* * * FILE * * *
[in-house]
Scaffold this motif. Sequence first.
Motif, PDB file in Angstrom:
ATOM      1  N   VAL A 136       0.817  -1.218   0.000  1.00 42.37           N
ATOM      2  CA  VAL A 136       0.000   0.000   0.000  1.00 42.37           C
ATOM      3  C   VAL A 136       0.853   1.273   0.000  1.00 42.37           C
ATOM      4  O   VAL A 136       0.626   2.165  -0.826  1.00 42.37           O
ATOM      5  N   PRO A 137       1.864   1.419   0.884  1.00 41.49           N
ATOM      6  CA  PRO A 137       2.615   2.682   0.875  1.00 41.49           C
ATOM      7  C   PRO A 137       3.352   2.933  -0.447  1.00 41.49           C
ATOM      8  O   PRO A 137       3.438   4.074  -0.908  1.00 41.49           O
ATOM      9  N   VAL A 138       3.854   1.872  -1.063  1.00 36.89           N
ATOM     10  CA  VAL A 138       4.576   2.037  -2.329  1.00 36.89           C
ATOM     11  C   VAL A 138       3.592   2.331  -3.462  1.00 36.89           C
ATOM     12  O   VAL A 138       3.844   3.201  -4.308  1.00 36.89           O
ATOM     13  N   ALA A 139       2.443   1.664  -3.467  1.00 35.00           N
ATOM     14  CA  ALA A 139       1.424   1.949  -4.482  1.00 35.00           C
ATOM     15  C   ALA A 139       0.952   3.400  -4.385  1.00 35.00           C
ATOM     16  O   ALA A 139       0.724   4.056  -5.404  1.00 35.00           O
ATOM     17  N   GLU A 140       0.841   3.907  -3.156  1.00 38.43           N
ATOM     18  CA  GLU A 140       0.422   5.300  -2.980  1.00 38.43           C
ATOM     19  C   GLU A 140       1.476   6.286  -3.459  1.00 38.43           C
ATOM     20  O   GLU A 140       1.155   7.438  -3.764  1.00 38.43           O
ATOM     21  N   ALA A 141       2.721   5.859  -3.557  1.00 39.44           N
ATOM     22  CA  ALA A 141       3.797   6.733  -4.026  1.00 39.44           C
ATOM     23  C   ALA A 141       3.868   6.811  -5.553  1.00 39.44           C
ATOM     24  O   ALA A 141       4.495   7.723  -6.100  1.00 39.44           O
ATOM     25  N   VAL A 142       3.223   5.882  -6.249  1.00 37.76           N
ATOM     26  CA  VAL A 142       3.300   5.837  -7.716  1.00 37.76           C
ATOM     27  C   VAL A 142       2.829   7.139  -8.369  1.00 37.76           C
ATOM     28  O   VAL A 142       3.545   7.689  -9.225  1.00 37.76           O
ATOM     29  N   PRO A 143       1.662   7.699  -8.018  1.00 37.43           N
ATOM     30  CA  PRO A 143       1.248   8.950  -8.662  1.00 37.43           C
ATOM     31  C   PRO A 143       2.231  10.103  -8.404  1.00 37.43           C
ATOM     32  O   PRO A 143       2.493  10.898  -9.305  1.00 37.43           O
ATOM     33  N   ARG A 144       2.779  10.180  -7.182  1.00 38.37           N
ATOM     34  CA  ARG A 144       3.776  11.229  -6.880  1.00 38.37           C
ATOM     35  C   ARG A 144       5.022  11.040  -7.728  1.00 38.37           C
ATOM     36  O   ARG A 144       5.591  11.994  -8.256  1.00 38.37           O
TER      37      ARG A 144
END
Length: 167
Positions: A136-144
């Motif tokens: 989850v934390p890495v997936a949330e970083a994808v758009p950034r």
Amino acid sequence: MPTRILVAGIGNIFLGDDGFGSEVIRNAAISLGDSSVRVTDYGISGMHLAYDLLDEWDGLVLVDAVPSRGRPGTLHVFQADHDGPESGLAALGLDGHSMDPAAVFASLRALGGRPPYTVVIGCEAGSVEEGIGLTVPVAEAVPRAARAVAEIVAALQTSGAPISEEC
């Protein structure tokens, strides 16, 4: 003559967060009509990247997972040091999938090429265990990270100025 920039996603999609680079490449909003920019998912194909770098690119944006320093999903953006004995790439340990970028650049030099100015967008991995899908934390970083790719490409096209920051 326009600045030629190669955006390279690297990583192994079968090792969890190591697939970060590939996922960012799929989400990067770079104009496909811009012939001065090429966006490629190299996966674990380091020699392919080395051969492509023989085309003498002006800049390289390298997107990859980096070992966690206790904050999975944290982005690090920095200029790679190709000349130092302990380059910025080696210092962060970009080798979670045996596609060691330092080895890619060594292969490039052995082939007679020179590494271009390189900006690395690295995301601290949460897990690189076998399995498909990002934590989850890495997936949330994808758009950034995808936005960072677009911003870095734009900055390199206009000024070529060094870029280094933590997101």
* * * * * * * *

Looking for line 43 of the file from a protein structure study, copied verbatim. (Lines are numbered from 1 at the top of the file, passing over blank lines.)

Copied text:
Positions: A136-144